Alison: Do you know what’s interesting about it, I don’t know that those jobs exist on most shows. Whoopi wanted someone who could keep an eye on topical subjects for the show to explore. And that’s what landed in my lap. So I was only too happy to do that. So I didn’t have the administrative tasks of a writer’s assistant, i.e. you’re being the court reporter and you’re typing down contemporaneously what everyone is saying, and then having to cull all of those notes at the end of the session. I was just working autonomously and, again, you try and observe what’s happening in this room around you, and I saw, OK, I’m not in the room with writers the way the writer’s assistants are, so I don’t have the proximity. But they can read my writing. So I was going through the newspapers on a daily basis and culling things that I thought might be topical, you know, appropriate for the show, but then also writing a paragraph, no longer than a paragraph, satirical take on what that particular story was.
Ryan: That’s a cool job.
Alison: You know, and it’s one that I was able to craft on my own. Nobody said this is what we’re expecting. It’s just give us some news stories. So the idea popped into my head to attack the task this way, which if you could look at through jaundiced eyes, so it feels like a menial task, you’re just cutting and pasting newspaper stories, but make it an opportunity. Do it with purpose. So, what came to pass is that more writers would approach me and say they thought today’s edition was really funny. I got other people – they were passing this around, so other people in the production would request me to put them on the distribution list. And eventually caught the attention of Whoopi’s producing partner who once the show got its back nine recommended me for a writer’s gig. So I actually moved up the ladder faster than any of the other writer’s assistants.
John: So were you given one of the freelance gigs or what was it?
Alison: The way that happened is there are two options and they went with option A was to make me a staff writer as opposed to just paying me for a freelance script. So I was on staff. I did wind up getting a script. But it was more satisfying, because then I was in the room and I became a colleague. The funny coda to that story – and this is something you wouldn’t know if you were entrenched in the culture – is that in writers’ rooms typically the upper level writers tip their assistants. So the showrunner tips his or her assistant and then all of the writers combine, and it’s all based on seniority, so depending on how big a wig you are.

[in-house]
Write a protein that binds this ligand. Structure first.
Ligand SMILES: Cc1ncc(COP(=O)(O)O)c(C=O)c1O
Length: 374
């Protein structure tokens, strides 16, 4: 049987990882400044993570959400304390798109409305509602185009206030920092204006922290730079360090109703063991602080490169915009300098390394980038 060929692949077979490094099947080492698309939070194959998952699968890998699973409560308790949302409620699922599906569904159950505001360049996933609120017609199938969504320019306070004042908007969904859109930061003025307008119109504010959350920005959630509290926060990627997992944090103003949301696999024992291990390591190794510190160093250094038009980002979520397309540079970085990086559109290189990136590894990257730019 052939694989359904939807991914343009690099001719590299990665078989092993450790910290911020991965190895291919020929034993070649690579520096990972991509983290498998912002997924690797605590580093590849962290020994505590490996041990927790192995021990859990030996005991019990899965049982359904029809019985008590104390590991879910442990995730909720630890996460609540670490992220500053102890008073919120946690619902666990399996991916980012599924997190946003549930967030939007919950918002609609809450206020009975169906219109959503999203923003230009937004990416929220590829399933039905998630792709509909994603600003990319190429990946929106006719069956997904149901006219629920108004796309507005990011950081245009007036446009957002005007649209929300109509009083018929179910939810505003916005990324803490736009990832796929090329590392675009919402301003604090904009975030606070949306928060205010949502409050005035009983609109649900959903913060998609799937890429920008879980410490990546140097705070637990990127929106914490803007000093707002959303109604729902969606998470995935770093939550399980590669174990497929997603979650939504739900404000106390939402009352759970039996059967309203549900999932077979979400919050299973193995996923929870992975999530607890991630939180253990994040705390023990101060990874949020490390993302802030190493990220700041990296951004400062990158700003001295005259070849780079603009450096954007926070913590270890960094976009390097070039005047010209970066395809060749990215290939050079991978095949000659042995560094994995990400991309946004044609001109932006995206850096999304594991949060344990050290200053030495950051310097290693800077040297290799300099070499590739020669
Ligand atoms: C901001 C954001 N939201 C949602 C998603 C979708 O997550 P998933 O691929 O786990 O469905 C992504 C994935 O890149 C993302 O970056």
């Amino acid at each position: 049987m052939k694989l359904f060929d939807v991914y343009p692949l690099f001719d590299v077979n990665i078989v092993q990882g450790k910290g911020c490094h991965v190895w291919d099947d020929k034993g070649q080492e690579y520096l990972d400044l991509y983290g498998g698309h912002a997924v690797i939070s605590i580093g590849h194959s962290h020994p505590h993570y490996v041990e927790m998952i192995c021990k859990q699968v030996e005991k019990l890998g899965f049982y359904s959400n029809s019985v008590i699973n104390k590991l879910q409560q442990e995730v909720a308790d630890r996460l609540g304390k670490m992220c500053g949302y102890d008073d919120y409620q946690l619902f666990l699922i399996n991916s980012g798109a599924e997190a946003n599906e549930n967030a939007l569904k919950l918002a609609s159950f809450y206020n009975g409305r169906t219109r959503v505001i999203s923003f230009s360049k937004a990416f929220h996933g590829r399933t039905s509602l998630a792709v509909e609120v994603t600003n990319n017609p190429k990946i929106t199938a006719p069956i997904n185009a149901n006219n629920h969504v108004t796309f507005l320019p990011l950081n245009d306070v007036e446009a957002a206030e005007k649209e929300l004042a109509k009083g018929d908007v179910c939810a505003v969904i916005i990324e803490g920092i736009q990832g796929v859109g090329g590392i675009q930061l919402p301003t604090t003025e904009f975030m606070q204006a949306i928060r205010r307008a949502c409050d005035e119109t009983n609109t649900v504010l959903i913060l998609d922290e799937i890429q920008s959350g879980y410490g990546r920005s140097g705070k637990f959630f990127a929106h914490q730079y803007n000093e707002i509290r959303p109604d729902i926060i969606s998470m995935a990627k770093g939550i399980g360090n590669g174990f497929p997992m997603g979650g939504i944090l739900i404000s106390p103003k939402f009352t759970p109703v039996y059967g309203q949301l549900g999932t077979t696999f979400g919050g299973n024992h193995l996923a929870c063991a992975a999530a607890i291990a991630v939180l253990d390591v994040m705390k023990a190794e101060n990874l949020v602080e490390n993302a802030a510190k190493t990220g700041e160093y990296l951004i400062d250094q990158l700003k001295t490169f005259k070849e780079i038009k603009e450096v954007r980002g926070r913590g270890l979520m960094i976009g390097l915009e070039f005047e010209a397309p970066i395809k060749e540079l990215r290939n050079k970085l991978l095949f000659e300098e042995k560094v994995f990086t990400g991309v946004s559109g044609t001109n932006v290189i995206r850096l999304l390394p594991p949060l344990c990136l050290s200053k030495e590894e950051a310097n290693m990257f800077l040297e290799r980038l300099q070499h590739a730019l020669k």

John: Tip? What do you mean?
Alison: So the way one would a server in a restaurant. Just a service tip, you know, because it’s Hollywood and everyone loves to give gifts. And these jobs don’t pay well, so let me state that. So, as part of the support staff I was tipped, and then suddenly I’m now in the room working with them and it’s like I hope you all don’t want your money back. I had bills to pay.
John: So you were in your early 20s or how old?
Alison: Yeah. And we’ll circle back around and Ryan can give his experience, but being fresh out of film school I was not prepared to read the room the way I was even a year later. It’s like, oh, this isn’t a free for all. This is actually a highly choreographed exercise in controlling chaos, to distill it into something that you can put on the air a week from now. So, again, coming from a classroom environment where there is a free exchange of ideas was both good preparation, because when you’re on a film set you learn the art and skill of collaborating, but also poor preparation into think that everyone on staff is encouraged to speak with equal volume.
John: Yeah. I want to get back to that because that’s a crucial thing I’ve always heard about TV writers’ rooms. So, your experience, while unique, was also kind of typical in that you got hired on as a very low level entry level job. You proved your merit. You proved that you were someone worth watching. And you got tapped on the shoulder to come into the room and become a staff writer.
Now, Ryan, your experience, you’re not a young woman in your 20s.
Ryan: I’m 85.
John: You’re 85 years old. And you’re a feature writer. But I would say actually a considerable number of feature writers are also writing TV now. So I think your experience is probably not going to be as atypical as a person who has mostly written features who after writing a bunch of features is now being brought into a room and having to adjust to that whole experience.